This food is not what it looks like

As our appetite for plant-based proteins grows, the race is on to produce hyper-realistic, good-tasting products at a palatable price point.

Sarah Drumm

Editor
Daring's chicken pieces, top left, are made using plant-based ingredients. (Photo: Daring)
CATEGORY DIVE

Do cows and goats need to be involved when humans want to make cheese? Does an egg have to come from a chicken?

If you ask the likes of plant-based brand Zero Egg, milk-protein maker Perfect Day and cheesemaker Stockeld Dreamery, the answer is no.

These companies represent a fast-growing sector of the plant-based meat industry, which are turning to labs to whip up uncanny analogues that look, feel and taste as close to the real thing as possible – no animals required.

According to the Good Food Institute, $3.1 billion was poured into alternative protein makers last year as venture capitalists sought to cash in on growing consumer appetite for faux meat and dairy. In the U.S., plant-based meat sales grew 20% year-over-year in 2020, to $1.4 billion. Plant-based milks saw an even bigger surge – up 45% to $2.5 billion.

But for the could-this-actually-be-meat and dairy makers to have a significant environmental impact, they will need to achieve a much larger scale. A number of challenges stand in their way – from competing with meat (a heavily subsidized product) on price, to ensuring their products live up to the expectations of meat eaters.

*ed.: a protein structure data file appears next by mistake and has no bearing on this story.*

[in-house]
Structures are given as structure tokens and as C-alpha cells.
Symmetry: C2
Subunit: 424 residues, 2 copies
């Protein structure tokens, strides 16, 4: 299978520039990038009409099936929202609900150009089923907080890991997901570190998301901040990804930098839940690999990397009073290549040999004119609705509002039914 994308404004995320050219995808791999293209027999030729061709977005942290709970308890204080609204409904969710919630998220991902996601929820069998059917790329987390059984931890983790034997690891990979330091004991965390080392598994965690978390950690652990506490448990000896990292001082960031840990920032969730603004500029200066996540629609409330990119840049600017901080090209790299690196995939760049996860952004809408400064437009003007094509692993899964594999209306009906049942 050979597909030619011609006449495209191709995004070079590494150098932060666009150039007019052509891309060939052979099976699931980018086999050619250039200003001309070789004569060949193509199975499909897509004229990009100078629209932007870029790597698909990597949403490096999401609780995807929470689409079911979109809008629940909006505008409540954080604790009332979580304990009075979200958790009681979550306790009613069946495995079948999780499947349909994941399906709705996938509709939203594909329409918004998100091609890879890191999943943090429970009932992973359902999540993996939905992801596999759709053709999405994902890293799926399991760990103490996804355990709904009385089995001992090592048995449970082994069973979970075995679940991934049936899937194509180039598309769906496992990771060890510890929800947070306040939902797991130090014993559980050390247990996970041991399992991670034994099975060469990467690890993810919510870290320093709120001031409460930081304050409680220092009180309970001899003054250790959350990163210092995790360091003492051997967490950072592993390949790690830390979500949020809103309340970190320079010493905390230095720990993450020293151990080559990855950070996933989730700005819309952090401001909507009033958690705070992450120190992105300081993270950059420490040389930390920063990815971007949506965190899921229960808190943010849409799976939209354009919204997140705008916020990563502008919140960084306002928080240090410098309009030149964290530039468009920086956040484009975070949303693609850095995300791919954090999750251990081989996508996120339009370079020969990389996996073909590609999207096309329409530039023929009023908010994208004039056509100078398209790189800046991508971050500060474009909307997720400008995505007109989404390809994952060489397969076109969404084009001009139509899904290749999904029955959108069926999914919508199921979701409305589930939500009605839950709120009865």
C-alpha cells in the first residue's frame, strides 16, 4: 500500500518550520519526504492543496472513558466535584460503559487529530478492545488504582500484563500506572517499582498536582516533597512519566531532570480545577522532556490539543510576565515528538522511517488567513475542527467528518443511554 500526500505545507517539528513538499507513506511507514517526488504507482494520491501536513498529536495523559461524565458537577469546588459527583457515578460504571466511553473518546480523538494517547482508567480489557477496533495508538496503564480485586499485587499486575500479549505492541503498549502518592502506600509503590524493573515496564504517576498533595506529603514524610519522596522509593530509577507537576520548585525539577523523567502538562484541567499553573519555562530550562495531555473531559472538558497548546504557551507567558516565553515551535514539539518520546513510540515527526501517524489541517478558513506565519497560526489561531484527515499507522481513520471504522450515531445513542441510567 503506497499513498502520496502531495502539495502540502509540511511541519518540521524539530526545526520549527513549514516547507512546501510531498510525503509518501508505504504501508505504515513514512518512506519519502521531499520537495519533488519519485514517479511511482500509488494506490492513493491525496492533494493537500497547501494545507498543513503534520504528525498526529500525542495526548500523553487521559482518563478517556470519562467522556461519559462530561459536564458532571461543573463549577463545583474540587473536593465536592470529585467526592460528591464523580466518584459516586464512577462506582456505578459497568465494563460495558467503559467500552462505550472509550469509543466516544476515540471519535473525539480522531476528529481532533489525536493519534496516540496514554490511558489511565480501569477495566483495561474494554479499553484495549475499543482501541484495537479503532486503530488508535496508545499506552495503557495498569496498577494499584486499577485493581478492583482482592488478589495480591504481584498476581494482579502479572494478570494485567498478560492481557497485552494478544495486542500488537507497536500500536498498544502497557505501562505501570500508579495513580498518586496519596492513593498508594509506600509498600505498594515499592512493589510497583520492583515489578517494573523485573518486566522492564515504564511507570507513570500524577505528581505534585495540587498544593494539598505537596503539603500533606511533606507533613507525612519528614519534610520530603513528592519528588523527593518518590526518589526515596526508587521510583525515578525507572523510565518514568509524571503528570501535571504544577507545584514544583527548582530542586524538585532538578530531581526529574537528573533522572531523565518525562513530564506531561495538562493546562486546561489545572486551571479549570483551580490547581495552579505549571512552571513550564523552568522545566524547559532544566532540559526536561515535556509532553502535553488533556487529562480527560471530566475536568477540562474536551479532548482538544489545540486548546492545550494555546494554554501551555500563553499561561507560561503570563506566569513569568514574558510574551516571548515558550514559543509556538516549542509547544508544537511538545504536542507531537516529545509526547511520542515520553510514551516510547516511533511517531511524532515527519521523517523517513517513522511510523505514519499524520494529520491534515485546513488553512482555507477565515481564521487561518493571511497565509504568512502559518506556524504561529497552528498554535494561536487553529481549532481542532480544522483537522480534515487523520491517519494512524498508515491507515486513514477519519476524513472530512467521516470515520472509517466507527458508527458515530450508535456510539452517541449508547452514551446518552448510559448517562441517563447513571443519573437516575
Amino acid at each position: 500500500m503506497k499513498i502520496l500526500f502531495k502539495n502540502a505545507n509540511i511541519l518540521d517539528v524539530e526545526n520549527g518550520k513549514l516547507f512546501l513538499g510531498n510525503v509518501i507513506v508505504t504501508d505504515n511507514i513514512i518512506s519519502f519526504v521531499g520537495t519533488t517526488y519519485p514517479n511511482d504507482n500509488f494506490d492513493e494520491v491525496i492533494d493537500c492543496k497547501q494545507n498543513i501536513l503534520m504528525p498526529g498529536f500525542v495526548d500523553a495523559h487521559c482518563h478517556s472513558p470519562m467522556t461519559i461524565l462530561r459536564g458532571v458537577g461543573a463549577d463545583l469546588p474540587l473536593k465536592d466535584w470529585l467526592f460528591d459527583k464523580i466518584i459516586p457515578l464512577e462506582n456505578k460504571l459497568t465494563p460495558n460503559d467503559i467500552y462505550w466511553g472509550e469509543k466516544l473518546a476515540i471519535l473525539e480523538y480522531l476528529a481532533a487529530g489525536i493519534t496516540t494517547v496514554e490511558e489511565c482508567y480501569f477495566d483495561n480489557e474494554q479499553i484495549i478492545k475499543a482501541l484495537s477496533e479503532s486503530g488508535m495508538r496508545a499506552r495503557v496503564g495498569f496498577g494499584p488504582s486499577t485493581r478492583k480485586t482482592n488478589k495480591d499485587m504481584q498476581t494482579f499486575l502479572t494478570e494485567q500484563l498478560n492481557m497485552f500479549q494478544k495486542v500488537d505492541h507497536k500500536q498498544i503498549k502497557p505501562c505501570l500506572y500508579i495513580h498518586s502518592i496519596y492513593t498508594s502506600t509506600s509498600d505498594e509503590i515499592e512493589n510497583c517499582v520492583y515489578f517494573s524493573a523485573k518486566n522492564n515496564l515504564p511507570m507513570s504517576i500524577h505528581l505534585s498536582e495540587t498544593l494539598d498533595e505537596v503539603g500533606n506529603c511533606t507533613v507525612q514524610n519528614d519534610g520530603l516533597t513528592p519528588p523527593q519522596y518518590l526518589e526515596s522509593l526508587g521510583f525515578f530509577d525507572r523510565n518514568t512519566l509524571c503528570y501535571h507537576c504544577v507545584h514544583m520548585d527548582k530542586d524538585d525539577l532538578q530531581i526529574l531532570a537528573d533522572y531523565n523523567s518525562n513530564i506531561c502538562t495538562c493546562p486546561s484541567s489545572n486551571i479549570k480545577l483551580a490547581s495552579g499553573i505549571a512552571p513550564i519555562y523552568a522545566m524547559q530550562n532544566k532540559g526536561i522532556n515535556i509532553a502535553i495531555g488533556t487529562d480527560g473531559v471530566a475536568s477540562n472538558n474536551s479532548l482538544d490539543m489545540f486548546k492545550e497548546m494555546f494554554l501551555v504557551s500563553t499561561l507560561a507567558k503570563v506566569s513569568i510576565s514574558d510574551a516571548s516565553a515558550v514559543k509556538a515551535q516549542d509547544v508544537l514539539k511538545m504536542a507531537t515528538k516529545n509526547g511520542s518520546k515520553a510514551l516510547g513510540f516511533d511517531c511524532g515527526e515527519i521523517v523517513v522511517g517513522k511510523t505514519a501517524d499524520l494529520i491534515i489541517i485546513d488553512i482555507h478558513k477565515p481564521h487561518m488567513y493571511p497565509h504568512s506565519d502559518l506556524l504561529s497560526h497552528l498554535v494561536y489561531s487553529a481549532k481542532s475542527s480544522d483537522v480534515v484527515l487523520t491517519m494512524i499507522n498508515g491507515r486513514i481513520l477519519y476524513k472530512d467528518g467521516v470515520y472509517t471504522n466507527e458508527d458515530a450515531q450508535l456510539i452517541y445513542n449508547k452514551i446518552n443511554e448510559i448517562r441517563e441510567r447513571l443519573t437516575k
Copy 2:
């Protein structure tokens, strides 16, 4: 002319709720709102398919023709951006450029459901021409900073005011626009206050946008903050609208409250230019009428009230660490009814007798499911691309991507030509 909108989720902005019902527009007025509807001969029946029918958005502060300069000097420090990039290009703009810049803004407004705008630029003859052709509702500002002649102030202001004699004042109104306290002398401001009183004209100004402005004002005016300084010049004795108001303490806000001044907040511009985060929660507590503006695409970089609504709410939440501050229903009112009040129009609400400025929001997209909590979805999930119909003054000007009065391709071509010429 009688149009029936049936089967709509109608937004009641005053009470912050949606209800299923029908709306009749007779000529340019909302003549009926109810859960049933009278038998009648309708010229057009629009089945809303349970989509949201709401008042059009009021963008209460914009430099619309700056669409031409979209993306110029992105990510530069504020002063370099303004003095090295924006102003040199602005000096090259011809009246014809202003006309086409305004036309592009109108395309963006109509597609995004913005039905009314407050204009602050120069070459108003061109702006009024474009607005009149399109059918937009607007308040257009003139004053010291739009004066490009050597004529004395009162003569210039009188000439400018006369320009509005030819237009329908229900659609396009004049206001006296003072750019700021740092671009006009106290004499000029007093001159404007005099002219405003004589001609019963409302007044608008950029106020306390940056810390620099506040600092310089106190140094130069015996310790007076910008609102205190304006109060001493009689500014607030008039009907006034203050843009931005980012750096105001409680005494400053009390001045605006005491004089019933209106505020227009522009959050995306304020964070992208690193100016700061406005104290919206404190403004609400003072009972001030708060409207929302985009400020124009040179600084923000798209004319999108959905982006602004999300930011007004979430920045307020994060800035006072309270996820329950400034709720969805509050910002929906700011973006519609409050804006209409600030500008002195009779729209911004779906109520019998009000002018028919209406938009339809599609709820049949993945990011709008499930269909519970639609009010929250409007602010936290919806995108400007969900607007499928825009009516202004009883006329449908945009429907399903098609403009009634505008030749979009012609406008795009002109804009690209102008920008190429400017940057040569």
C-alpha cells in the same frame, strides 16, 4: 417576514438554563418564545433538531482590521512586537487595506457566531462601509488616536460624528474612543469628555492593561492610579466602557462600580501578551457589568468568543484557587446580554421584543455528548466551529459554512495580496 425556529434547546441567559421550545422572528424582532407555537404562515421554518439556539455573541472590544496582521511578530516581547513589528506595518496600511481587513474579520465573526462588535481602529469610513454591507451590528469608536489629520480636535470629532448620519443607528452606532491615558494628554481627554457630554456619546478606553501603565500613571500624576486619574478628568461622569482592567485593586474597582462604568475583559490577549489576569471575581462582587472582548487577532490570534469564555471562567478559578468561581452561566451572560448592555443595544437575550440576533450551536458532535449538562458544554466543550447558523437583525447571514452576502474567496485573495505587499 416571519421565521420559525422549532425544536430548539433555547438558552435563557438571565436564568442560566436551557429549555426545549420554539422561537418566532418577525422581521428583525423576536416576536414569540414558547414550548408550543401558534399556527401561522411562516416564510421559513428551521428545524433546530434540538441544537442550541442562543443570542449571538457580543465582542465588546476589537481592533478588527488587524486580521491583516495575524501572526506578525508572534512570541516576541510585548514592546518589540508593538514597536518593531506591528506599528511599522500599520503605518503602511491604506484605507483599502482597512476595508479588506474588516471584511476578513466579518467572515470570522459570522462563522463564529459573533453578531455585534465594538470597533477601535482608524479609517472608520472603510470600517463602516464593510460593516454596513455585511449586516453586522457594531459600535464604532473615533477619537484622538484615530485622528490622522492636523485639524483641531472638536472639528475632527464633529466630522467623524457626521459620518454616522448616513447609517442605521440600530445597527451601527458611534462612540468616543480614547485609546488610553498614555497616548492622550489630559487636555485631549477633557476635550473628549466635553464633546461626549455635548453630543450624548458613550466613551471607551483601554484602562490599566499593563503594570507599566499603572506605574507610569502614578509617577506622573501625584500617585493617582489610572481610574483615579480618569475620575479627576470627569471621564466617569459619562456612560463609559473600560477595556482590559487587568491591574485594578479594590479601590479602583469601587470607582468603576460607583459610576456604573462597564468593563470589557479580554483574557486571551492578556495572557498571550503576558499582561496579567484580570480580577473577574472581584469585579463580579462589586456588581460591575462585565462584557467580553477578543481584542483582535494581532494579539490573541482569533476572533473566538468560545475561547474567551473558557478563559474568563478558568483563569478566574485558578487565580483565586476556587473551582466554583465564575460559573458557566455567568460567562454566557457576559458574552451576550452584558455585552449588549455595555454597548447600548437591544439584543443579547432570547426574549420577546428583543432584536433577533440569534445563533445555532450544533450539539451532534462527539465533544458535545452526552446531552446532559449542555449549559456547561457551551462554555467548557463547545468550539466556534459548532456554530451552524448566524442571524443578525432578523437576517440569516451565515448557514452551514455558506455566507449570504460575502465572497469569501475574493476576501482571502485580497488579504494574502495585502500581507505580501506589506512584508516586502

To find out how new brands in this space are approaching these problems, we spoke to four plant-based protein makers, covering the cheese, egg, chicken and beef categories.

Delivering on dairy

Sorosh Takavoli and Anja Leissner have been trying to figure out how to make a dairy-free cheese that comes close to feta for the past two and a half years.

Their business, Stockeld Dreamery, is now just about ready to launch its first salad cheese to the public. Like a normal cheese, Stockeld’s version is made in a dairy, where the ingredients are fermented until curds form, then pressed. But instead of milk – the main ingredient in feta – Stockeld uses peas and fava beans. Fermentation is “where the magic happens,” says Takavoli. “It’s in the bacteria and the microorganisms, and the way they go in and slice and dice the proteins and combine them.”

Takavoli says the company went through “more than a thousand” iterations of the product before landing on the version it plans to launch. Some were total disasters, including one experiment using an acidic component that’s present in cheese (but also in vomit).

Stockeld Dreamery's "feta." (Photo: Stockeld Dreamery)

What's been most difficult to replicate with Stockeld’s animal-free salad cheese, Takavoli says, has been the texture. “It’s what we’re most proud of, but it’s also the hardest. You want it to be firm, but you also want it to be quite creamy, [and] you want a continuous flavor experience,” he explains. “What cheese does well is it really stays in your mouth, and that’s also where we get the best feedback.”

While Stockeld appears to have done a good job of creating a tangy salad cheese (the public taste test is yet to come), Takavoli is clear that the product is not intended to fool anyone into thinking it’s feta. “We want people to categorize this as a new cheese, and we’re working really hard to be respected as a cheese,” he says, adding that Stockeld plans to sell its product to cheesemongers following the launch.